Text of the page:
You see that pop up from time to time in the eReader community: the idea that without paper, all the book scan be changed and then BAM it's 1984. It's an interesting concern, but I think it hinges on two misunderstandings.
1, electronic books CAN be kept in, say, the Amazon cloud and downloaded to a device on demand, but (in my conservative estimate) something like 20% of users download a copy onto their computer and store it in a backup area that the cloud server can't reach or modify.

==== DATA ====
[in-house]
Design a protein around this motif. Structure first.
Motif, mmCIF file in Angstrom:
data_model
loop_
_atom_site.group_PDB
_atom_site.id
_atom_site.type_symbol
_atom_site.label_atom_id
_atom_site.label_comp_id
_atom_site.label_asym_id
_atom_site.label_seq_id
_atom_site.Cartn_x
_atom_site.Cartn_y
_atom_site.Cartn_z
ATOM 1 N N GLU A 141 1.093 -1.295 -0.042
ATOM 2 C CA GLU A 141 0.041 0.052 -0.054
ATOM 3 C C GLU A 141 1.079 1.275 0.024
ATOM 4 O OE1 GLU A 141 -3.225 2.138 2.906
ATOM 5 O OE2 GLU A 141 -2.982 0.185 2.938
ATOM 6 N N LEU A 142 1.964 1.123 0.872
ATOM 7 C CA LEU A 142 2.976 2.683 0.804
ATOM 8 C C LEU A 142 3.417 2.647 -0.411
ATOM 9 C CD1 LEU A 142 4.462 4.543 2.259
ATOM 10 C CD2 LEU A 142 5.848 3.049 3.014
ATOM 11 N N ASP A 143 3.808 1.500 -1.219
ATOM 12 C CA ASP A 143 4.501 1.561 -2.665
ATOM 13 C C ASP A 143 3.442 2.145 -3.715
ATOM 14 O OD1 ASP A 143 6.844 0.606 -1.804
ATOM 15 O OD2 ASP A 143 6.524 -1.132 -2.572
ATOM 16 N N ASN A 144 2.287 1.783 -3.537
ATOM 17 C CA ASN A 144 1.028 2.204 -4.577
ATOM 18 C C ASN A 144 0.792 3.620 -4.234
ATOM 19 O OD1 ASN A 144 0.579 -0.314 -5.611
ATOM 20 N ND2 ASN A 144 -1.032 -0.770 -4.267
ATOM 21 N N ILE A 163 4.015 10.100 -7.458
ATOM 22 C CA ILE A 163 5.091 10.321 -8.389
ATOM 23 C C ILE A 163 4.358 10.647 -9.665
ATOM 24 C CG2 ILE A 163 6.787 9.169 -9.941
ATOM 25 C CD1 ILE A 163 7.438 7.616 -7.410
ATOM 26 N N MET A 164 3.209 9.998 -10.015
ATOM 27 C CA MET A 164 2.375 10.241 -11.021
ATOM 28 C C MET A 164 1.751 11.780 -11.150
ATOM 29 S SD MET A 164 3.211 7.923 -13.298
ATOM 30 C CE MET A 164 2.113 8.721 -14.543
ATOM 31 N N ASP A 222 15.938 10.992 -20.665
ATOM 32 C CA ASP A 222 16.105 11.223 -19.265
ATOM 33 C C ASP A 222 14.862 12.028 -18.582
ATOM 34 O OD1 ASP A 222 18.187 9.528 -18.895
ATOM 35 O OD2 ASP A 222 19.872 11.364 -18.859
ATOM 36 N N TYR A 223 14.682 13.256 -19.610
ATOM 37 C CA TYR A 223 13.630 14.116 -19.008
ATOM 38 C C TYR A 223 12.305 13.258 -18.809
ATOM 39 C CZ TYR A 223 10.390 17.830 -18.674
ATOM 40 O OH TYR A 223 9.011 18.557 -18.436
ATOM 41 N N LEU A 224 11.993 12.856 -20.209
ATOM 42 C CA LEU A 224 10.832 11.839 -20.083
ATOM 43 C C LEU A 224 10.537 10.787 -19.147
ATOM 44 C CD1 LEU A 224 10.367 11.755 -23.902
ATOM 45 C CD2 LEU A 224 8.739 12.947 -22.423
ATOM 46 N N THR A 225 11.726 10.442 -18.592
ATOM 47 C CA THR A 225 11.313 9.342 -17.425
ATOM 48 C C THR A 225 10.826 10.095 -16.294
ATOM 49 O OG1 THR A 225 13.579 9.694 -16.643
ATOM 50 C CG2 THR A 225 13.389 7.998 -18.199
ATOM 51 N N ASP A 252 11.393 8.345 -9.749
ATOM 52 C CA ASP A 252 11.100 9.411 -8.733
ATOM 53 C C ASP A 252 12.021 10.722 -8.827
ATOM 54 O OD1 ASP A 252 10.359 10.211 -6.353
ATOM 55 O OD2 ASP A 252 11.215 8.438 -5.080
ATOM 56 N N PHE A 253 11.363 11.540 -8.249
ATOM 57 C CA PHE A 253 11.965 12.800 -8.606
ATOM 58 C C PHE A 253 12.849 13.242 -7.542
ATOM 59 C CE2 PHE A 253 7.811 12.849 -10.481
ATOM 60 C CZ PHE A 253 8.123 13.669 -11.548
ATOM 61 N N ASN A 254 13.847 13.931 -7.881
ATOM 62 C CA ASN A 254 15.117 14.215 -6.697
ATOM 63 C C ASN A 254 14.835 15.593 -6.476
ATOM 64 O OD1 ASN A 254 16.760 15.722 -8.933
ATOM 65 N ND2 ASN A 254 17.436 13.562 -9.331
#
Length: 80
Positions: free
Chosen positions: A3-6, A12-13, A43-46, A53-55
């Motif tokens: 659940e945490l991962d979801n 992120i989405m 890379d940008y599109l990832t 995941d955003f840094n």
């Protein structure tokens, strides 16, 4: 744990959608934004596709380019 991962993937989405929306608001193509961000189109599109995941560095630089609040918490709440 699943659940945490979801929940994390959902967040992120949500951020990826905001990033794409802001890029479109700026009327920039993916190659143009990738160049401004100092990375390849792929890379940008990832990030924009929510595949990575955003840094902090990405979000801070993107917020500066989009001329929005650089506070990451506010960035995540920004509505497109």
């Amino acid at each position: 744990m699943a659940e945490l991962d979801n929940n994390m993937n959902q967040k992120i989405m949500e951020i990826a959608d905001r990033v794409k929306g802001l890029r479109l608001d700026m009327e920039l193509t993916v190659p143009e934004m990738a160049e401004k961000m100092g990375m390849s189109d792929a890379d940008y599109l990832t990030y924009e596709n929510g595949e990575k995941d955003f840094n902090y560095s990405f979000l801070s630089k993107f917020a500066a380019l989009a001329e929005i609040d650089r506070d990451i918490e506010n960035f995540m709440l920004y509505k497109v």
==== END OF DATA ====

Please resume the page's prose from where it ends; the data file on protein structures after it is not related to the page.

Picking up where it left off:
2, paper books were really never immune from this. Someone could change things on the printing end and then BAM it's 1984. The only difference now is the belief that the change could happen simultaneously, everywhere, without backups to show the difference. See point #1.
My first thought was that no way would anyone pay teachers to TYPE when scanning is so cheap and relatively free of error (and which would additionally explain the destruction well enough, because the easiest way to scan a book is to destroy it in the process). Then I saw the "unemployed" part, so that was sad.